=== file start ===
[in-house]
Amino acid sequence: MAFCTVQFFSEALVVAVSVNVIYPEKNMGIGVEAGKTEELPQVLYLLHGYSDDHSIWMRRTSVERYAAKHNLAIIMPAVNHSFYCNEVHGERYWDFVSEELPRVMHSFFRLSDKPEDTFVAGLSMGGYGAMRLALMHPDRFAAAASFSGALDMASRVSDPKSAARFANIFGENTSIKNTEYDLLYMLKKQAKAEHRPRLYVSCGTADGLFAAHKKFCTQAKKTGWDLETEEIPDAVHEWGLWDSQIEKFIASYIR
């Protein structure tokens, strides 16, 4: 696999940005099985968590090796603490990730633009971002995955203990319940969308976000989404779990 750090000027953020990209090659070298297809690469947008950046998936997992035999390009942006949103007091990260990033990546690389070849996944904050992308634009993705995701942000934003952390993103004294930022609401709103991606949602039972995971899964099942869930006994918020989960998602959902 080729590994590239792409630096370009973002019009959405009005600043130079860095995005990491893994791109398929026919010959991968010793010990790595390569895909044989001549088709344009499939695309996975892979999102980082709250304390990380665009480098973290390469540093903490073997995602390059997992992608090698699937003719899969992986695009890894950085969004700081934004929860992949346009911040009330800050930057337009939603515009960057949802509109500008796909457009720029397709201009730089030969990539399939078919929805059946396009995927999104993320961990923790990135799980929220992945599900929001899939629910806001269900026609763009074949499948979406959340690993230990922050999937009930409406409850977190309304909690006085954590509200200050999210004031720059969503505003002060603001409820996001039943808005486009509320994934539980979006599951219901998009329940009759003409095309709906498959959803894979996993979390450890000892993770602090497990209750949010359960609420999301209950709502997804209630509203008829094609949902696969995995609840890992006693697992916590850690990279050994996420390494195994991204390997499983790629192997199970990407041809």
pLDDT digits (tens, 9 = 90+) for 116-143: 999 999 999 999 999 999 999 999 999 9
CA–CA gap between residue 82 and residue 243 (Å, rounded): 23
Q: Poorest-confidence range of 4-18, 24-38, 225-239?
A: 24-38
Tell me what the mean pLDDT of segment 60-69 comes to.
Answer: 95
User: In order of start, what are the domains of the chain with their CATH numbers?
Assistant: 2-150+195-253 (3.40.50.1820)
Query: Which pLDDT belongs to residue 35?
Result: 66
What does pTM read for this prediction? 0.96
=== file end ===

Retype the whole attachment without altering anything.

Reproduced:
[in-house]
Amino acid sequence: MAFCTVQFFSEALVVAVSVNVIYPEKNMGIGVEAGKTEELPQVLYLLHGYSDDHSIWMRRTSVERYAAKHNLAIIMPAVNHSFYCNEVHGERYWDFVSEELPRVMHSFFRLSDKPEDTFVAGLSMGGYGAMRLALMHPDRFAAAASFSGALDMASRVSDPKSAARFANIFGENTSIKNTEYDLLYMLKKQAKAEHRPRLYVSCGTADGLFAAHKKFCTQAKKTGWDLETEEIPDAVHEWGLWDSQIEKFIASYIR
């Protein structure tokens, strides 16, 4: 696999940005099985968590090796603490990730633009971002995955203990319940969308976000989404779990 750090000027953020990209090659070298297809690469947008950046998936997992035999390009942006949103007091990260990033990546690389070849996944904050992308634009993705995701942000934003952390993103004294930022609401709103991606949602039972995971899964099942869930006994918020989960998602959902 080729590994590239792409630096370009973002019009959405009005600043130079860095995005990491893994791109398929026919010959991968010793010990790595390569895909044989001549088709344009499939695309996975892979999102980082709250304390990380665009480098973290390469540093903490073997995602390059997992992608090698699937003719899969992986695009890894950085969004700081934004929860992949346009911040009330800050930057337009939603515009960057949802509109500008796909457009720029397709201009730089030969990539399939078919929805059946396009995927999104993320961990923790990135799980929220992945599900929001899939629910806001269900026609763009074949499948979406959340690993230990922050999937009930409406409850977190309304909690006085954590509200200050999210004031720059969503505003002060603001409820996001039943808005486009509320994934539980979006599951219901998009329940009759003409095309709906498959959803894979996993979390450890000892993770602090497990209750949010359960609420999301209950709502997804209630509203008829094609949902696969995995609840890992006693697992916590850690990279050994996420390494195994991204390997499983790629192997199970990407041809």
pLDDT digits (tens, 9 = 90+) for 116-143: 999 999 999 999 999 999 999 999 999 9
CA–CA gap between residue 82 and residue 243 (Å, rounded): 23
Q: Poorest-confidence range of 4-18, 24-38, 225-239?
A: 24-38
Tell me what the mean pLDDT of segment 60-69 comes to.
Answer: 95
User: In order of start, what are the domains of the chain with their CATH numbers?
Assistant: 2-150+195-253 (3.40.50.1820)
Query: Which pLDDT belongs to residue 35?
Result: 66
What does pTM read for this prediction? 0.96